Small Businesses Ignore IT at Their Peril

A survey shows that, among outfits with fewer than 50 employees, 13% have no e-mail and 30% avoid the Internet in general

Many small businesses don't see the point of spending money on IT - and risk losing out to larger competitors which are willing to go high-tech.

One in four small companies - those with less than 50 employees - admits to finding it hard to keep up with changing technologies, according to a recent survey commissioned by Lloyds TSB Business. More than one in 10 (13 per cent) still don't use email and nearly a third (30 per cent) eschew the internet. Nearly one in five said technology has taken the 'personal touch' out of working relationships, according to the research.

Only a third of small companies use the web to generate business and only 28 per cent said investment in IT has helped them develop new markets.

But even if they aren't up to speed on the latest gadgets, two-thirds of small businesses admitted they would not be able to operate without their current level of investment in IT - and nearly half said using IT had helped them cut costs.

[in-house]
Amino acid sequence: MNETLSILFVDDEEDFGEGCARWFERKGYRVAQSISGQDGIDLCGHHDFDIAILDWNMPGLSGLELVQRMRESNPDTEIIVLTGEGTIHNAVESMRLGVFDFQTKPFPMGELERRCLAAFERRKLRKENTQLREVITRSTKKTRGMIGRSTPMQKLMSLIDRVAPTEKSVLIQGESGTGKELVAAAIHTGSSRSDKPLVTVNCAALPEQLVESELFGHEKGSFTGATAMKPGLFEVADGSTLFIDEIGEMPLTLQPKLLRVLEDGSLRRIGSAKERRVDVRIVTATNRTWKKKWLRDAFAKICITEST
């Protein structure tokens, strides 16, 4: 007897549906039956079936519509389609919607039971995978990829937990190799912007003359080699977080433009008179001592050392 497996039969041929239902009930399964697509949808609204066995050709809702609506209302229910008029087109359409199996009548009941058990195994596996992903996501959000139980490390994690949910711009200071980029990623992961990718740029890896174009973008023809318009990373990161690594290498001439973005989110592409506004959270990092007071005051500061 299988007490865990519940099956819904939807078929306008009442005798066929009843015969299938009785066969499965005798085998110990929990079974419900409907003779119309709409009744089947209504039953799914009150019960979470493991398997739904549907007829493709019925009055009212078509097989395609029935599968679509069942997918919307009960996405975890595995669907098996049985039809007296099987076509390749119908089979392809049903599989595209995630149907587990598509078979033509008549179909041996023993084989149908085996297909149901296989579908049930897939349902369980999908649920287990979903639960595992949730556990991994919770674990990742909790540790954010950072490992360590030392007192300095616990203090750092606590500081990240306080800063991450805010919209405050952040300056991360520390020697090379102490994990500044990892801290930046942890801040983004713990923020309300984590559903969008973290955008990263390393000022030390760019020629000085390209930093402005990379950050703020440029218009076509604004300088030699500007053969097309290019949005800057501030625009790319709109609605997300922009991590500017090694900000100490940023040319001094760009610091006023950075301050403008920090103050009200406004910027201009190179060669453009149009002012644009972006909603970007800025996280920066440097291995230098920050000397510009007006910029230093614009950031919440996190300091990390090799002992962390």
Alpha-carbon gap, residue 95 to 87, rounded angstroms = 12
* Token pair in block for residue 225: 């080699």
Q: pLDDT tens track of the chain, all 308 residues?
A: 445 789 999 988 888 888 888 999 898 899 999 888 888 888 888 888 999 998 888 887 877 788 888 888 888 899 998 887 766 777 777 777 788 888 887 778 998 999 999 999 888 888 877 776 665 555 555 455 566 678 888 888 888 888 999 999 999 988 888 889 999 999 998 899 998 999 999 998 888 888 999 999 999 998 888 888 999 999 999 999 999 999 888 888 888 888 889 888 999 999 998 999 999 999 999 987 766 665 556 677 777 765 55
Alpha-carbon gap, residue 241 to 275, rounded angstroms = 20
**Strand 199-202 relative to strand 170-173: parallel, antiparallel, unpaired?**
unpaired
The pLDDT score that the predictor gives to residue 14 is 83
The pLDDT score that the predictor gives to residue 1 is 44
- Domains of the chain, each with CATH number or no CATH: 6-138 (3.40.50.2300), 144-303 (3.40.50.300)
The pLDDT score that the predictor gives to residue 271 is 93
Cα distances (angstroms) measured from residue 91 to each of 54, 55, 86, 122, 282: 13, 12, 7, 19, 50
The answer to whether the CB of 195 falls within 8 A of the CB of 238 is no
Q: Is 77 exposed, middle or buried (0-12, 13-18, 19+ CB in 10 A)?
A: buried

Half of the small businesses surveyed had spent less than £5,000 on IT - including computers, software and internet connections - over the past 12 months. Companies in the business services sector were the biggest spenders, with a quarter spending more than £20,000 over the past year, compared to only 17 per cent of manufacturers - and five per cent of retailers.

Lloyds TSB Business head of communications Stephen Pegge said small businesses have been slow to wake up to the opportunities that technology can present for purchasing, production and distribution - and may be at a disadvantage when up against more tech-savvy competitors.

The research concentrated on interviews with 104 businesses with fewer than 50 employees.


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